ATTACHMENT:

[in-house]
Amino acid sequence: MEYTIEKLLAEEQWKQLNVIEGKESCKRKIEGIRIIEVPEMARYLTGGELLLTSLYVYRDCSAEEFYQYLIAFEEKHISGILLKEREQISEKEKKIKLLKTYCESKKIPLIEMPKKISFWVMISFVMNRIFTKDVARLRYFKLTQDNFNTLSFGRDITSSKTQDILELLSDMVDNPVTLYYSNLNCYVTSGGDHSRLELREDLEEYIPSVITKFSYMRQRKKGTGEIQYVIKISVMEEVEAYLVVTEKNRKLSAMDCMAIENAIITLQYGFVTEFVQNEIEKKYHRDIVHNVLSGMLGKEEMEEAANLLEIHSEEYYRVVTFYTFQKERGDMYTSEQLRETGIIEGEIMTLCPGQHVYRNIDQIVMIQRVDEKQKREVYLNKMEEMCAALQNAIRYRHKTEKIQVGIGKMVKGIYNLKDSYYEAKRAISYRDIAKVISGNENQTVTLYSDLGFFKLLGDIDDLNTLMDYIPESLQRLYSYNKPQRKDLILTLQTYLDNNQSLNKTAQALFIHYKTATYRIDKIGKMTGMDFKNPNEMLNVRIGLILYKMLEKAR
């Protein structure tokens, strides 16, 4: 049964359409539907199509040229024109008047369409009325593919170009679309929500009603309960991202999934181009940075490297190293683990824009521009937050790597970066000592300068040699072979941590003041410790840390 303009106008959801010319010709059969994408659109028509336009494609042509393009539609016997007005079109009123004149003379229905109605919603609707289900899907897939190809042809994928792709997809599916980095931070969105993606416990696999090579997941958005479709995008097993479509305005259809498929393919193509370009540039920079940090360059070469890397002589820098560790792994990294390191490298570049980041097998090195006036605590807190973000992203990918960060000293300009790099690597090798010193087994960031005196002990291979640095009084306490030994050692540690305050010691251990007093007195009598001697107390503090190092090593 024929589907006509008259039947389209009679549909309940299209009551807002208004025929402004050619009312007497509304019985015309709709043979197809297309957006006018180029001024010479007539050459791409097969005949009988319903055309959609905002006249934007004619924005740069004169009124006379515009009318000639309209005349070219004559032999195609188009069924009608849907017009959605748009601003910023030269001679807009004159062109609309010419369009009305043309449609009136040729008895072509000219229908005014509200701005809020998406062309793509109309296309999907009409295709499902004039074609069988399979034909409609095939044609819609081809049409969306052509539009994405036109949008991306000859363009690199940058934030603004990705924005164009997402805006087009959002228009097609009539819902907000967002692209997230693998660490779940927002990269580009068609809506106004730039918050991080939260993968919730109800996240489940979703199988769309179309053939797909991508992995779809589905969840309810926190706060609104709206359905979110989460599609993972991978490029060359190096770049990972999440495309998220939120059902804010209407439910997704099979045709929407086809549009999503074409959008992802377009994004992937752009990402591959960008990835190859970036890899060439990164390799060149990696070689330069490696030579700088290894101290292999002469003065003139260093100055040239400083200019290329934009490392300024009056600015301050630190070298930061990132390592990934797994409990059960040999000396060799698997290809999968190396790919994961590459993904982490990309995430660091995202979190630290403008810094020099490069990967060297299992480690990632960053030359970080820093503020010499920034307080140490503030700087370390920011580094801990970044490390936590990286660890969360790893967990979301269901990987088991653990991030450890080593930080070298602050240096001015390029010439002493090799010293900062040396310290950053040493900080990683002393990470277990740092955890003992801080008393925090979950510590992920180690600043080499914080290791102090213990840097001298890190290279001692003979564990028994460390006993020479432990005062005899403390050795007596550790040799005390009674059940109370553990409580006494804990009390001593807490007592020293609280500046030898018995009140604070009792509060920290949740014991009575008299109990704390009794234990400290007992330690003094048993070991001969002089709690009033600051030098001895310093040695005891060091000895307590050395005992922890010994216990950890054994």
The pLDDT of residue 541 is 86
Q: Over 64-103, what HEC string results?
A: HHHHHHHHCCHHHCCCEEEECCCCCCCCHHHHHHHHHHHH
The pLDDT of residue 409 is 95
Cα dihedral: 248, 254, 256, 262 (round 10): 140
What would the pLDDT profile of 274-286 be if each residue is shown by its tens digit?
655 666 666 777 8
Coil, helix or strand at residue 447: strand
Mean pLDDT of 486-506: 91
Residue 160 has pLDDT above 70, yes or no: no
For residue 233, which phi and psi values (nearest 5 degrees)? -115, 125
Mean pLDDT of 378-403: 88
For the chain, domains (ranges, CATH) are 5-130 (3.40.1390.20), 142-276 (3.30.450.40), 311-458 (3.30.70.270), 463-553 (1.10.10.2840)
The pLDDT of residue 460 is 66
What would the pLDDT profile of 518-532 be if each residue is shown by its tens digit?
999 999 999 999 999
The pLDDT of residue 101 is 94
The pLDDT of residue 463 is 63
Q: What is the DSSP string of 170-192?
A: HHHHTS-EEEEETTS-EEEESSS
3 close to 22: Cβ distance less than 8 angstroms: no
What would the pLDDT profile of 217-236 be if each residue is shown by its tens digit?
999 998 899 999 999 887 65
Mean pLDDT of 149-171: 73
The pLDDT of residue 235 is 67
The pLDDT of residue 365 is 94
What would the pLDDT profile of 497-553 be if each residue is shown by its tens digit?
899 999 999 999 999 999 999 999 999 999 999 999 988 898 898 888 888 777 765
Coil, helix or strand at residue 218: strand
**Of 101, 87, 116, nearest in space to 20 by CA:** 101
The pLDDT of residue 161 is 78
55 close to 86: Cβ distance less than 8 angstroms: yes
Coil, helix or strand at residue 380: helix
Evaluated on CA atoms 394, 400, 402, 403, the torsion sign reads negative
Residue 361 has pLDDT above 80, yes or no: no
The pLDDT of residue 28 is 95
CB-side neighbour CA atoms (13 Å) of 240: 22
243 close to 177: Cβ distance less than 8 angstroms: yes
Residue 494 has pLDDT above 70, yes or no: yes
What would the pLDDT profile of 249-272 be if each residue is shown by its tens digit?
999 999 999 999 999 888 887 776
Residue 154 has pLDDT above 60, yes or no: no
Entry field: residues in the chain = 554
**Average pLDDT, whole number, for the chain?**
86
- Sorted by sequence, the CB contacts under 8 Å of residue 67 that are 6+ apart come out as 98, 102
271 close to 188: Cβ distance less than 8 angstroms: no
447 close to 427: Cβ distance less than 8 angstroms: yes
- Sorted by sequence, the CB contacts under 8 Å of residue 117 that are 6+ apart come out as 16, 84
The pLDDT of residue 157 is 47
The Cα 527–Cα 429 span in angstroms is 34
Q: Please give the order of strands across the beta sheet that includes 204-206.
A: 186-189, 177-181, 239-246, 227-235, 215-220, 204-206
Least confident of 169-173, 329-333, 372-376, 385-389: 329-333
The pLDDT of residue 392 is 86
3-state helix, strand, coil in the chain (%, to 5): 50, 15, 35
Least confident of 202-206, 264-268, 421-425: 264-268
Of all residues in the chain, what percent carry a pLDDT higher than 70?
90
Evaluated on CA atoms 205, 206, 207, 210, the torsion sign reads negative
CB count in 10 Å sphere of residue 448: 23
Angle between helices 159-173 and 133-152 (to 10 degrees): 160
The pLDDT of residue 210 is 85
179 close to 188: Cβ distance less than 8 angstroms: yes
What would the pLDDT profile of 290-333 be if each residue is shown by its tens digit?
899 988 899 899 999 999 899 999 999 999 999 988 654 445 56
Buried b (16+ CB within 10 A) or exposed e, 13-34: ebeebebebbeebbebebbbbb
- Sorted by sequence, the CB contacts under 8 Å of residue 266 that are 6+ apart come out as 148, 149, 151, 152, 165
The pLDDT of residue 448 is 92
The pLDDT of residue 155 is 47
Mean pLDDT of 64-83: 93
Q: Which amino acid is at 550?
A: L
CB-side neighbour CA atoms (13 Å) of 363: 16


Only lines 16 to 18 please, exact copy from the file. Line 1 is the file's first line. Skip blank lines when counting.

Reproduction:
For the chain, domains (ranges, CATH) are 5-130 (3.40.1390.20), 142-276 (3.30.450.40), 311-458 (3.30.70.270), 463-553 (1.10.10.2840)
The pLDDT of residue 460 is 66
What would the pLDDT profile of 518-532 be if each residue is shown by its tens digit?